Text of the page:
How did our solar system form? The leading theory says that our solar system formed billions of years ago near a supernova. Supernova or explosion of the star disturbed a cloud of gas and dust in space and prompted a gravitational collapse that gave birth to the sun and a surrounding disk of matter, where the planets were born.
However, researchers from University of Chicago lay out an alternative theory for the formation of our solar system. It suggests that our sun was created within a dense bubble surrounding a Wolf-Rayet star.
Wolf-Rayet stars are rare hot stars that shed a lot of mass including tons of elements. As the Wolf-Rayet star release its mass, the stellar wind carries the material around it and form a bubble structure with a dense shell.
Researchers estimate that up to 16 percent of all sun-like stars could be formed in such stellar nurseries. Our solar system was also originated in the bubble around the giant Wolf-Rayet star, which is more than 40 to 50 times the size of our own sun.
"The shell of such a bubble is a good place to produce stars, because dust and gas become trapped inside where they can condense into stars.” Coauthor Nicolas Dauphas, professor in the Department of Geophysical Sciences said in a statement.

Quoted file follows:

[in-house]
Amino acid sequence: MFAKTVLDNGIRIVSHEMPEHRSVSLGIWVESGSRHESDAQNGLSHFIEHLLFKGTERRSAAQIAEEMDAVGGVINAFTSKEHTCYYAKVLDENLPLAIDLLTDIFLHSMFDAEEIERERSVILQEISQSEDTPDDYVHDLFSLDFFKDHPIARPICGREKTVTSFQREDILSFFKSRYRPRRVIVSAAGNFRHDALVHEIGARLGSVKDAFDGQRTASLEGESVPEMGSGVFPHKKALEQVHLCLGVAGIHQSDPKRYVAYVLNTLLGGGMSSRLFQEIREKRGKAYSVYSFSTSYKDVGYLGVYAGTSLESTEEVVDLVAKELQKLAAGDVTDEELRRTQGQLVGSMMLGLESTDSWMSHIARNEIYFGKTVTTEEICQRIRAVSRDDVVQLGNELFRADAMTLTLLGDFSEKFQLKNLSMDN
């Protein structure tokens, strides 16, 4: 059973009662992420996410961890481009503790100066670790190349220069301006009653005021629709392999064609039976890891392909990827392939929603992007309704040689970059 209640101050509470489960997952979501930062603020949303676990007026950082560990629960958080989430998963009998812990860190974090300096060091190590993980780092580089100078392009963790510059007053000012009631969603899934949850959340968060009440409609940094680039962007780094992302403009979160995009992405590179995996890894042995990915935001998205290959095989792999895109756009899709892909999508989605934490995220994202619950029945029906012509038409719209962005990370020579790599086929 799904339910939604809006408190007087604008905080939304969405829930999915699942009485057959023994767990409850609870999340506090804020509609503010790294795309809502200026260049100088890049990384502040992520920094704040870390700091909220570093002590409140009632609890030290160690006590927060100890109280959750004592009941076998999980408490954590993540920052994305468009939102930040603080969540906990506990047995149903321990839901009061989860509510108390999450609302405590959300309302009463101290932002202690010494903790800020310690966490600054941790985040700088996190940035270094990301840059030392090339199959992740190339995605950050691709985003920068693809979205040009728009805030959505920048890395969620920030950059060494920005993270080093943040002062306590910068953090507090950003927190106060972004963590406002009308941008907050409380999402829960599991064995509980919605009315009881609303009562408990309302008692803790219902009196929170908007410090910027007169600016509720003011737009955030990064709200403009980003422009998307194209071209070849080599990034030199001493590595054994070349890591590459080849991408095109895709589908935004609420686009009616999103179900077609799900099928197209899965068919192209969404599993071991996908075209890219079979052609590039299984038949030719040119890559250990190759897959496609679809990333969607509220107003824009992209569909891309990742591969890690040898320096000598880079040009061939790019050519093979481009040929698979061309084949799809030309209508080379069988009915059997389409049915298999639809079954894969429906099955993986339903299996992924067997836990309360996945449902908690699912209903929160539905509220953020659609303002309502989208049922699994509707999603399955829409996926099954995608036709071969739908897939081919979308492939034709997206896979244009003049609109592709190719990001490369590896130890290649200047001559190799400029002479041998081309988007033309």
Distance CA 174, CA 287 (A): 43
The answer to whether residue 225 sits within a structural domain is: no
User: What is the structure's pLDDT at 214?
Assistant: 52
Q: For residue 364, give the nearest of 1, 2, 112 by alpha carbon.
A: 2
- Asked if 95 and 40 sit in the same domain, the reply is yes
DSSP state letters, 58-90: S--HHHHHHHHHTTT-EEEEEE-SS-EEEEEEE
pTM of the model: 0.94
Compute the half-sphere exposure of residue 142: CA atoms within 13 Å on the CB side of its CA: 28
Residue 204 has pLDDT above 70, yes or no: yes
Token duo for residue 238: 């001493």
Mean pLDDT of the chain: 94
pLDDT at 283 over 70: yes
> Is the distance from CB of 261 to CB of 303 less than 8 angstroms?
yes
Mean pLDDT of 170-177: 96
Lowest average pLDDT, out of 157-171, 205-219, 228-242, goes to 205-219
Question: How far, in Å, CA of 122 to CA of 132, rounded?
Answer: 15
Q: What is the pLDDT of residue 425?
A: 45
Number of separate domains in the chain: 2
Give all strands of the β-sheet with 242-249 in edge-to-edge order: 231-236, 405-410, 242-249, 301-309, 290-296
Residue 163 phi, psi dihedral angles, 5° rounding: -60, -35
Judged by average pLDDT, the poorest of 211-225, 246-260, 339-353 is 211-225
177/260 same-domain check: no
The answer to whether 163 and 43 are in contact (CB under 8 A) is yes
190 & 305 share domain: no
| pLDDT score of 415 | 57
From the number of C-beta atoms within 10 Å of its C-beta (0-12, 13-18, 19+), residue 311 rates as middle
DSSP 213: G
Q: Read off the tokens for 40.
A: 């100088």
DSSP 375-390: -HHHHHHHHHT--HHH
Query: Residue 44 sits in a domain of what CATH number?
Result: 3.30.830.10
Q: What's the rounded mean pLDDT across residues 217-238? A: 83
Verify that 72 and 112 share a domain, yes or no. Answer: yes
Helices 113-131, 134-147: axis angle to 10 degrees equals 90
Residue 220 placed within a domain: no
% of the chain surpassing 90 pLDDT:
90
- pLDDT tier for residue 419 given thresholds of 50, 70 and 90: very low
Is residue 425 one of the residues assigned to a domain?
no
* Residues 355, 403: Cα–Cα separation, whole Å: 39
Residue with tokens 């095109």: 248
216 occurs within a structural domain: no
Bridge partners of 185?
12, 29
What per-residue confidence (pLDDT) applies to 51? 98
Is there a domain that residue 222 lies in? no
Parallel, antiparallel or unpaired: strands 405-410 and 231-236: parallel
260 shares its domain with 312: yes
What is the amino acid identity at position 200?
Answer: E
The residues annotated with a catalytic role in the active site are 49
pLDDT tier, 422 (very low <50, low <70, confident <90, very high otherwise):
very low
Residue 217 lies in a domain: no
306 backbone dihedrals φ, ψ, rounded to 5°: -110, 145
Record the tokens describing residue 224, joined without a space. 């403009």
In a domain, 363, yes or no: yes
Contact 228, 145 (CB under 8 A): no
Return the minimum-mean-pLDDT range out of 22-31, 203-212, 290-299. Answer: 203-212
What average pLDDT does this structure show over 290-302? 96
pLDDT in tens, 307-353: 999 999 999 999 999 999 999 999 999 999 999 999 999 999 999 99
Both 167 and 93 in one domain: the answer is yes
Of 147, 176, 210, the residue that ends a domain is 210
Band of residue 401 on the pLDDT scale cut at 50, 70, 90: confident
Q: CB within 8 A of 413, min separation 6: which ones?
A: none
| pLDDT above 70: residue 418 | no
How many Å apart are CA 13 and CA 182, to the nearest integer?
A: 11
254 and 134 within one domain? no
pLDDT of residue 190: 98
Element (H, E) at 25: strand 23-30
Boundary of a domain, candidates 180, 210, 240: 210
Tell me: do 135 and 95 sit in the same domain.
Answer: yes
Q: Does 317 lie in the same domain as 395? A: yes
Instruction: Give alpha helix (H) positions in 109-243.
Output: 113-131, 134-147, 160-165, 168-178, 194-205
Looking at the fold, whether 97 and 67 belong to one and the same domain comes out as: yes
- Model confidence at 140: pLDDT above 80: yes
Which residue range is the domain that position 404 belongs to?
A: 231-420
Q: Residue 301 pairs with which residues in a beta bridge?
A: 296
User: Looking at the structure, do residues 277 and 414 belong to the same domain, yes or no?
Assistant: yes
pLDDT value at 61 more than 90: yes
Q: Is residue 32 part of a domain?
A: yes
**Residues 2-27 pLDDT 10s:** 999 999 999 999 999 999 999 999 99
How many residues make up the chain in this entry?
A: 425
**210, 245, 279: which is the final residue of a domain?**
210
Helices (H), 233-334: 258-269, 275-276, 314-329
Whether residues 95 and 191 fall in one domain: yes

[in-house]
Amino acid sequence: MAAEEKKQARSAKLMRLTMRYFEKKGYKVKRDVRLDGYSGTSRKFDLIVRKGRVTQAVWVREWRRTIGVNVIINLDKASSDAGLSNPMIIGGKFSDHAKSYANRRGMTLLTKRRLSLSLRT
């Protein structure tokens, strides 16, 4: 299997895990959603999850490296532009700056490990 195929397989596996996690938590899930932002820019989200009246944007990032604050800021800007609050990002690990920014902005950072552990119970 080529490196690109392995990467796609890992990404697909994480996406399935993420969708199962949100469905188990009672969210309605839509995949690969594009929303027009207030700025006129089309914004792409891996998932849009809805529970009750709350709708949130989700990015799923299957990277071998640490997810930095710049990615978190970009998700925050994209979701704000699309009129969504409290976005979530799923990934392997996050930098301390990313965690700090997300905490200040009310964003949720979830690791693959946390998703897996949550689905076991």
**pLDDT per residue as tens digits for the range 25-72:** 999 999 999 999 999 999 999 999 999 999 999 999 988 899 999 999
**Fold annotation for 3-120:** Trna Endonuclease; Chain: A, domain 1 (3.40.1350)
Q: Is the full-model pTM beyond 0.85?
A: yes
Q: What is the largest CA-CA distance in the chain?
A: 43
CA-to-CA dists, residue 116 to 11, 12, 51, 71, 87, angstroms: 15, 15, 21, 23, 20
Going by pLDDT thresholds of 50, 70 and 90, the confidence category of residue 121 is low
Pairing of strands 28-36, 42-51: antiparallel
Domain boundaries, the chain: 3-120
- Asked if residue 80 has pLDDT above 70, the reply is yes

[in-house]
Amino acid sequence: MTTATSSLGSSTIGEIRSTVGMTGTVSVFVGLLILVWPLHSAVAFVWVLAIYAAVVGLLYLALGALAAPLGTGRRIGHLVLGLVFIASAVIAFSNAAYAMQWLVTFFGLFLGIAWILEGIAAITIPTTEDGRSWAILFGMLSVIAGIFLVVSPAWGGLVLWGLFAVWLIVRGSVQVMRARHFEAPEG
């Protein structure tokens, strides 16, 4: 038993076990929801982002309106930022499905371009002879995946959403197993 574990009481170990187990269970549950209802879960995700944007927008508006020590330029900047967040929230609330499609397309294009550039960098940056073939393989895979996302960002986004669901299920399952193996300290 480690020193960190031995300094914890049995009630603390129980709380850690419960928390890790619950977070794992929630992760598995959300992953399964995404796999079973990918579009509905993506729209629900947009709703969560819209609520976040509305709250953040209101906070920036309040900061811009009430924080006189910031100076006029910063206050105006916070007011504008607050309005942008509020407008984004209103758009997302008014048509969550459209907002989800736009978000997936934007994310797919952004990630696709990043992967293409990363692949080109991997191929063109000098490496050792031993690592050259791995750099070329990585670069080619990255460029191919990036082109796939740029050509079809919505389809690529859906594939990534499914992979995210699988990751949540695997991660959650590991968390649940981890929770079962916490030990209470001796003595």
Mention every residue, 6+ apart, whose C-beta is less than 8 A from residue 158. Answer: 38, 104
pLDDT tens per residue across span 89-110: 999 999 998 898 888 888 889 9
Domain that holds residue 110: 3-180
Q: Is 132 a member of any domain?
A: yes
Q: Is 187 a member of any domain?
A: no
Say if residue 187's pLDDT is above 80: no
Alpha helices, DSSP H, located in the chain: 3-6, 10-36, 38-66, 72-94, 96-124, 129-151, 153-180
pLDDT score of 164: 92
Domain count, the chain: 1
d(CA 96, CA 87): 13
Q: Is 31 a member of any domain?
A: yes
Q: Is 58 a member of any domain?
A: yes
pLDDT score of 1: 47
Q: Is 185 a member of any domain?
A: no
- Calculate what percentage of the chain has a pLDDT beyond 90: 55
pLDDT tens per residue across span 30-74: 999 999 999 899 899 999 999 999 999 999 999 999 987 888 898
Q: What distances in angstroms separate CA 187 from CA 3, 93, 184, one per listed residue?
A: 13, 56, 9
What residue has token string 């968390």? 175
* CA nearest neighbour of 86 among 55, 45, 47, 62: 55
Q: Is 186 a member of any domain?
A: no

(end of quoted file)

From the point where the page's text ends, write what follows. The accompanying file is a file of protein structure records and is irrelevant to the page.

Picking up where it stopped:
The theory can also help explain the imbalance proportion of aluminum-26 and iron-60 in our solar system compared to the rest of the galaxy. Our solar system has an abundance of aluminum-26 but it lacks element iron-60. The trend is not observed in other parts of our galaxy.
Researchers believe that it has something to do with Wolf-Rayet stars, which release lots of aluminium-26, but no iron-60.
"The idea is that aluminum-26 flung from the Wolf-Rayet star is carried outwards on grains of dust formed around the star,” said coauthor Vikram Dwarkadas. “These grains have enough momentum to punch through one side of the shell, where they are mostly destroyed—trapping the aluminum inside the shell."
Eventually, part of the shell collapsed inward due to gravity and formed our solar system.
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Hira Bashir covers daily affairs around the world.